Third and final Trump-Biden debate steered the race back to its proper course
“Why didn’t you get it done, Joe?” This question -- posed by President Donald Trump, of course -- was the reoccurring theme in Thursday night’s final presidential debate. In a much better and more controlled performance, Trump cut to the heart of the matter on a number of important issues, putting Democrat challenger Joe Biden constantly on defense about his pie-in-the-sky plans and “experience” as a charter member of the swamp. Biden’s been in Washington forever. If he has all these proposals, why the heck did he wait all these years to get them done? It seems like a hundred years ago that the two met in Cleveland last month (September 29) for what was billed as the first of three presidential debates in the 2020 cycle. Remember? To the delight of no one -- except maybe his critics -- Trump was aggressive, interrupted Biden numerous times and friends and voters alike were taken aback by his anger-fueled performance. Now it almost feels as though the first debate was from a previous lifetime. Looking at snippets of video from the forum reminded me of footage from a campaign long ago. It is remarkable to think about how many fascinating things have transpired since the first and only other face-to-face meeting between the two. A small sampling of events: --Trump tested positive for COVID-19 two days after the debate; --To the great disappointment of liberals and his enemies, he recovered with relative ease and even took a doctor approved SUV ride to waive to supporters; --Vice president candidates Mike Pence and Kamala Harris traded jabs in Utah during their scheduled forum. Pence won handily; --The town hall presidential debate was cancelled due to purported “health reasons”, even though Trump was fully cleared to resume his normal schedule and used the time to conduct a number of huge rallies drawing well over a hundred thousand screaming backers; --Two or more members of Harris’s staff tested positive for the Chinese virus and she was taken off the campaign trail “as a precaution”; --Second debate would-be moderator Steve Scully was exposed as a biased slime bag and C-SPAN placed him on leave until after the election; --Supreme Court nominee Judge Amy Coney Barrett appeared before the senate for several days’ worth of “questioning” by senators from both parties; she passed with flying colors and looks to be a shoe-in for confirmation. --Trump and Biden appeared in opposite town hall forums last Thursday evening; --Millions of Americans have early voted; and, last but not least, --Hunter Biden’s abandoned laptop was released to the world, revealing extensive Biden family corruption and cover-ups by the media. Meanwhile, Joe Biden reacted angrily to simple queries and locked himself away for the past four days. And you thought 2016 was wild? That was child’s play by comparison. Every day has seemed like a year, yet the time still passed quickly. Last night’s calendar date added a sense of urgency to the debate (in Nashville, Tennessee, moderated by Kristen Welker of NBC News) and gave it an overwhelming feeling of importance. Many saw the occasion as the last best chance for both candidates to present their cases in front of a massive tuned-in audience. Unlike the first iteration, Thursday night’s debate was significantly “calmer” and more substantive, at least on Trump’s part. There were the expected Biden jabs at the incumbent for his response to the coronavirus as well as the usual recriminations, accusations and veiled insults against anyone who dares battle the entrenched forces of the media and ruling class (hint: Trump represents the former and Joe Biden, the latter). Experts and pundits from both sides will now analyze every word and phrase for possible micro-meanings and impact on the race, but one couldn’t help but sense there weren’t a lot of changed minds based on Thursday night’s festivities. People who love Trump still see him as a champion of the forgotten Americans and were reassured, again, that he would keep fighting the good fight on their behalf. Similarly, those who hate Trump were also satiated, bolstered in their devotion to voting against him at any cost. Then there was poor Joe Biden, the mind-slipping dunce wearing the Democrats’ hopes on his cognitively failing brow. Can anyone picture Joe Biden as president? Thursday night didn’t clarify the image, that’s for sure. The frustrated pol smiled and smirked like running mate Harris did in Utah, and then gritted his teeth and pointed at Welker during other moments of tension. Say anything the old grouch doesn’t like and “good guy Joe” morphs into “Come on! let me lecture you” Joe. The program started off with Welker admonishing each candidate to allow the other to answer the questions she presented, which sounded like a schoolmarm telling her students to be nice to each other at least until recess. Not surprisingly, the “mute” button actually worked well in my opinion. Trump was on his best behavior during the evening and let Biden fumble and bumble his way into promising federal resources for everything! Joe was for opening the economy, but not without national standards for battling the coronavirus and mandating everyone wear a mask! He's also for Obamacare with a public option, which Biden labeled “Biden-care.” Sure, that’s bound to be popular, isn’t it? (Trump nailed him on it, correctly coining it socialized medicine). Overall I’d say Welker did a fair job. She did bring up the Hunter Biden email topic and pressed the Democrat candidate to clarify what the business dealings meant. She didn’t follow-up on Biden’s claim that he hasn’t made a cent from foreign governments. Really? Maybe the money was all paid to Hunter and the son laundered it for his dad! There were times where Welker might’ve muted herself. After the debate concluded, Fox News pointed out that she interrupted Trump many more times than she did Biden. It was true. And it was annoying. But the NBC News anchor did allow both candidates to speak on topics of their choosing. So, it was good. One thing that stood out. During the rather extensive back-and-forth over the economy and issues such as the minimum wage, Biden pontificated about people below the poverty line and it wouldn’t hurt businesses to raise the minimum wage now. How the heck would he know? Biden’s never had to make a payroll in his life. Faker! Faker! Trump said he would have states set their own minimum wage. A much better compromise solution. And, at long last, the topic of illegal immigration came up. Biden said, “Within a hundred days I’m going to send to Congress a plan for a pathway to citizenship for 11 million undocumented workers.” This was a clear pander to Hispanic voters, but it won’t work. If this is really how Democrats feel -- and you know it is -- then Biden lost the election right there. Trump might’ve said “I’m for Americans, not illegal aliens.” But at least the president got it on the record that the “cages” for children separated from their parents were actually built during Obama’s reign. Foreign Policy, where art thou? Going into Thursday night, President Trump and his campaign complained loudly about the topics Welker selected for the program. Both candidates were given the subjects in advance, but supposedly the moderator kept the actual questions to herself until showtime. So, everyone knew that Trump and Biden would be queried on Fighting COVID-19, American Families, Race in America, Climate Change, National Security, and Leadership. It doesn’t take a genius to discern what a major media representative would hope to gain from asking about “Fighting COVID-19”, or “Race in America” or “Climate Change.” All of these easily fit into a tight little box of general knowledge. (To Biden) Do you believe the Trump administration response to the Chinese Communist Party (CCP, or Wuhan, if you prefer) virus was appropriate under the circumstances? Did he take it seriously? Did he learn how awful it is to have to go through it? What would you have done better? Did he act as a super spreader because he didn’t wear a mask and caught the virus? Or, “Race in America.” Will you (Trump) disavow white supremacist groups? If you’re so against illegal immigration, knowing that it’s mostly an issue that involves Hispanics, isn’t this racism too? How are you (Trump) going to counteract the general belief that racism is a problem in police forces? Is that why they’ve endorsed you? Charlottesville… Ferguson… George Floyd… Breonna Taylor… QAnon… peaceful protests. Why is racism still such a problem? And “Climate Change.” (To Biden) This year we’ve had the largest number of devastating hurricanes in many, many, years. Add to that the raging wildfires out west. The scientific community says the matter is settled and that climate change will turn the earth into a great big ball o’ fire within x number of years if something isn’t done about it now. What would you say to climate deniers like Mr. Trump to get them to save themselves and us in the process? Even if these examples weren’t the exact words coming out of Welker’s mouth on Thursday evening, the gist was the same. All of these topics imply answers that can’t be proved one way or the other and play to the fears of scared people across the country, the vast majority of whom wouldn’t know or care that the elites are fixating on this extraneous politically correct nonsense when the folks at home are worried about paying the mortgage and their kids’ educations. And getting government out of their way. But what about foreign policy? The topic did come up several times. Welker asked both candidates about North Korea and China and Russia. Trump raised it numerous ways as well, pointing out the Biden family’s corruption on plenty of occasions. Biden couldn’t (or wouldn’t) answer to a lot of it, simply shaking his head and saying “It’s not true.” Whatever, Joe. For Trump, there’s a lot more to the foreign policy topic than just jabbing at Grampa Joe over his corruption and failure to get ahold of son Hunter’s intense thirst for enriching himself with his last name and hobnobbing with antagonistic foreign interests who despise the U.S. His administration in particular has an incredible foreign policy record that could’ve filled two debates’ worth of airtime if only the president were given a chance to do a little bragging about what he’s done and why he did it. Did Trump, as a candidate in 2016, vow to keep the country out of expensive and long-term foreign conflicts? Did his domestic energy policy produce highly visible results in the Middle East and Russia? Since America is no longer dependent on foreign sources, how has it influenced relations with Israel, the Arab countries and Iran? Not to mention Trump’s sanctions have pushed the Iranian regime to the brink. As relations with China continue to deteriorate, do we need someone who’s viewed as a strong leader to stand up to the communists, or a guy who allowed his son to make billion dollar deals with them? Why did Obama deserve a Nobel Peace Prize but Trump, with real agreements in hand, doesn’t? Last but not least, the election itself I can’t say for sure, but one of Joe Biden’s final thoughts on Thursday evening must have been, “Thank God I don’t have to do this again.” The 77-year-old lifelong Democrat pol had done it -- he’d campaigned for and won his party’s nomination on his third try. He’d successfully consolidated the liberal establishment’s backing behind him and gained the upper hand despite the aggressive and open opposition of the socialists. And in two debates he’d managed to sidestep every question that has meaning to about half the country’s voters. Biden gambled that the country wouldn’t care that much about son Hunter’s laptop and the impression that “the big guy” (Joe) was in on the scam every step of the way. Joe also wagered that he wouldn’t have to say much about what direction he would try to steer the Supreme Court or if he was gung-ho for changing the filibuster rules in the senate body that he haunted for over three and a half decades. Strangely enough, the topic of court packing and the filibuster wasn’t raised by Welker, but she did ask quite a few questions on COVID-19 and racism. Biden’s always been a blowhard full of bluster and hyperbole. Through it all, he’s managed to maintain an “every man” persona and provide the impression that he n’ Barack Obama were just two hip shades-wearing dudes who were more movie-set material than stuffy and boring Washington DC political hacks. To him, he’s an outsider who just happened to be inside the system for all this time, right? The Democrat managed to get through Thursday night’s forum without saying anything that was truly damaging. So did Trump, for his part. The media will spin this and that and most likely give the “win” to Biden because if they didn’t, then it might cause voters to at least reconsider Trump. And polls already show Trump gaining on the challenger with a week and a half to go.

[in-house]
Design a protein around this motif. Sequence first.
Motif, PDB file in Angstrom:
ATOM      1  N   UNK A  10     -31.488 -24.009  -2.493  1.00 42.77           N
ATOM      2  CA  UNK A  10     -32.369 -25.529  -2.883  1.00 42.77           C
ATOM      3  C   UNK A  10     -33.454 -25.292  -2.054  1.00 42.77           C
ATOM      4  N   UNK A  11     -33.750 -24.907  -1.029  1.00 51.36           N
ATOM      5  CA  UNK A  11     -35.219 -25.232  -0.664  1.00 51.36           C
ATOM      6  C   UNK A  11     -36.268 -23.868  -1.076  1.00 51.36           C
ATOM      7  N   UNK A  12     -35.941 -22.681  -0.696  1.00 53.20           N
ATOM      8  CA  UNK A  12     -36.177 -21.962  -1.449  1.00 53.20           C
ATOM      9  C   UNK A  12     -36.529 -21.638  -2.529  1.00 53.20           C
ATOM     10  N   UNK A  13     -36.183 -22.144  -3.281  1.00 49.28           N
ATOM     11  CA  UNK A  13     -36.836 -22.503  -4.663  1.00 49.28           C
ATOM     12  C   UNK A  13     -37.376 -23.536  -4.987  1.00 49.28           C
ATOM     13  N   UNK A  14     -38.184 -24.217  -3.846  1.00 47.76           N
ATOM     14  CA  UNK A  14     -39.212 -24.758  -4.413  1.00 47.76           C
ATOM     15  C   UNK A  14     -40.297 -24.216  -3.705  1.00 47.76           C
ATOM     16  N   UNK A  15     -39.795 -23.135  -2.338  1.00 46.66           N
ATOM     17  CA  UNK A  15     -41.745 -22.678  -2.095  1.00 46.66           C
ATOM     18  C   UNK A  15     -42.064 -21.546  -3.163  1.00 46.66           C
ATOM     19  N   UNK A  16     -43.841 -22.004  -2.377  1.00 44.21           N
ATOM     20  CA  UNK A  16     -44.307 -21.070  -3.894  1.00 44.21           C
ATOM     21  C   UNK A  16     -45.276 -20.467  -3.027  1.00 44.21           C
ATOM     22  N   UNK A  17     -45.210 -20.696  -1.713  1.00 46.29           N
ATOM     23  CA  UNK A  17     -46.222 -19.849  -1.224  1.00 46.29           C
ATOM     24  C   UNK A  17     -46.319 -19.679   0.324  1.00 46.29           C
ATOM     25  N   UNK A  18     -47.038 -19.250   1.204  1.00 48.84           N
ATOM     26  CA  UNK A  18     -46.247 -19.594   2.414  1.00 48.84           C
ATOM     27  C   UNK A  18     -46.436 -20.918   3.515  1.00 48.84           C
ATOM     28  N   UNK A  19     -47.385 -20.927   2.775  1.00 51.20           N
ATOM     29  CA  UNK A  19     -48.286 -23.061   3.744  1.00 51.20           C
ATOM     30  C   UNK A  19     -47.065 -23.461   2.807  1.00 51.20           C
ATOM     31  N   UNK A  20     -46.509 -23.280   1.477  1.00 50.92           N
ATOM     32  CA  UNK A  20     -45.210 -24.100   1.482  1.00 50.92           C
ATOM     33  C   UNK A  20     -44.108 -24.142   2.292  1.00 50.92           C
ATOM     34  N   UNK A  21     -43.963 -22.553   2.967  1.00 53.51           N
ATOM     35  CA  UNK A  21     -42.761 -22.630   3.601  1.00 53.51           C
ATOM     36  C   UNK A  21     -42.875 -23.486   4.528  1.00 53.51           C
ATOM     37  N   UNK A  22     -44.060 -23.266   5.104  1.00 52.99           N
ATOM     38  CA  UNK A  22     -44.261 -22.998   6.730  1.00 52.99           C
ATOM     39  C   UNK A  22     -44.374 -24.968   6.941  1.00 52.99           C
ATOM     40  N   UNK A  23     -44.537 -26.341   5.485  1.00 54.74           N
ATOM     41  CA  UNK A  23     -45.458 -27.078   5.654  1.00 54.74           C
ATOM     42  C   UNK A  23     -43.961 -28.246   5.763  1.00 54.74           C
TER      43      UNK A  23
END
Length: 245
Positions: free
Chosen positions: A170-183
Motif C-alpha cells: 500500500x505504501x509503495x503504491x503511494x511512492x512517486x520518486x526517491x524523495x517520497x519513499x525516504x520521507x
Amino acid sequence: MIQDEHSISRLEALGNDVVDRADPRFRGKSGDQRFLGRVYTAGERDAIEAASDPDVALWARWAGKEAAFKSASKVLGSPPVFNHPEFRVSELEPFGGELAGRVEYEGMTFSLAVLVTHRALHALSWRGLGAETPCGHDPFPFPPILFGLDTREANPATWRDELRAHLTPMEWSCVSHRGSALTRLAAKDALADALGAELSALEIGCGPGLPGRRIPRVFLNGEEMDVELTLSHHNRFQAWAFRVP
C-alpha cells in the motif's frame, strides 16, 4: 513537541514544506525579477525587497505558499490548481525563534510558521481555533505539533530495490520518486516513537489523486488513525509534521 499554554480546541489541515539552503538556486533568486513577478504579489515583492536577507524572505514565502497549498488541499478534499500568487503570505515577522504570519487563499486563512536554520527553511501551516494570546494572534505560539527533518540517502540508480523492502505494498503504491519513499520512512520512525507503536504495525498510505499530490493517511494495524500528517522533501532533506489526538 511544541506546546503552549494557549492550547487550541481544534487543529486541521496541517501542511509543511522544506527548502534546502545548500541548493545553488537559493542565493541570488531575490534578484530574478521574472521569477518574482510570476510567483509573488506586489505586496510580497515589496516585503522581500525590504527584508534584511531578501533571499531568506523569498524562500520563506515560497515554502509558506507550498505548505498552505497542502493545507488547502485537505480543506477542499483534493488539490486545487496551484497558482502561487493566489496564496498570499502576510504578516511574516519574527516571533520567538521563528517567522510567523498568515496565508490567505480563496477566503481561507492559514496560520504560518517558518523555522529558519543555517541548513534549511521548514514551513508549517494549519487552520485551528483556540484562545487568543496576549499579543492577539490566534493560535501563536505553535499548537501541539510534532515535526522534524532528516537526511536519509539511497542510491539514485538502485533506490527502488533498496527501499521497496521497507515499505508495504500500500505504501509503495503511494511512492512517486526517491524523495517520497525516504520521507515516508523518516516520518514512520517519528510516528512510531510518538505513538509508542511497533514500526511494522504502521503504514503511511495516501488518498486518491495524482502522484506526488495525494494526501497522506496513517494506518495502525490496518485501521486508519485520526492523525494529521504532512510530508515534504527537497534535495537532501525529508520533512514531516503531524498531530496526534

I personally felt that Trump “won” the debate, simply because he was, for a lack of a better way to put it, more “muted” than in the first go ‘round. Allowing Grampa Joe to bluster and make faces and wave his hand in the air and pretend to be ticked off about the coronavirus -- all of it just reaffirmed that this election is a choice between old fashioned flag waving patriotism and constitutional liberty versus the Kens and Karens of the world hiding behind the person of Joe Biden. More federal money for all! Here, have a handful!
Elections matter. And they do have consequences. We can only hope there are enough people out there who remember the images of miscreants pulling down statues and Democrat politicians pontificating about mask wearing and “patriotic duty to do what we tell you to do.”
Did Thursday night change the calculus? Probably not much. But the clock is ticking and Americans know as much about these candidates as any electorate, ever. Trump deserves the chance to Make America Great Again, or Keep America Great. Joe Biden and Kamala Harris would be a disaster for the country. There’s really no way to sugarcoat it.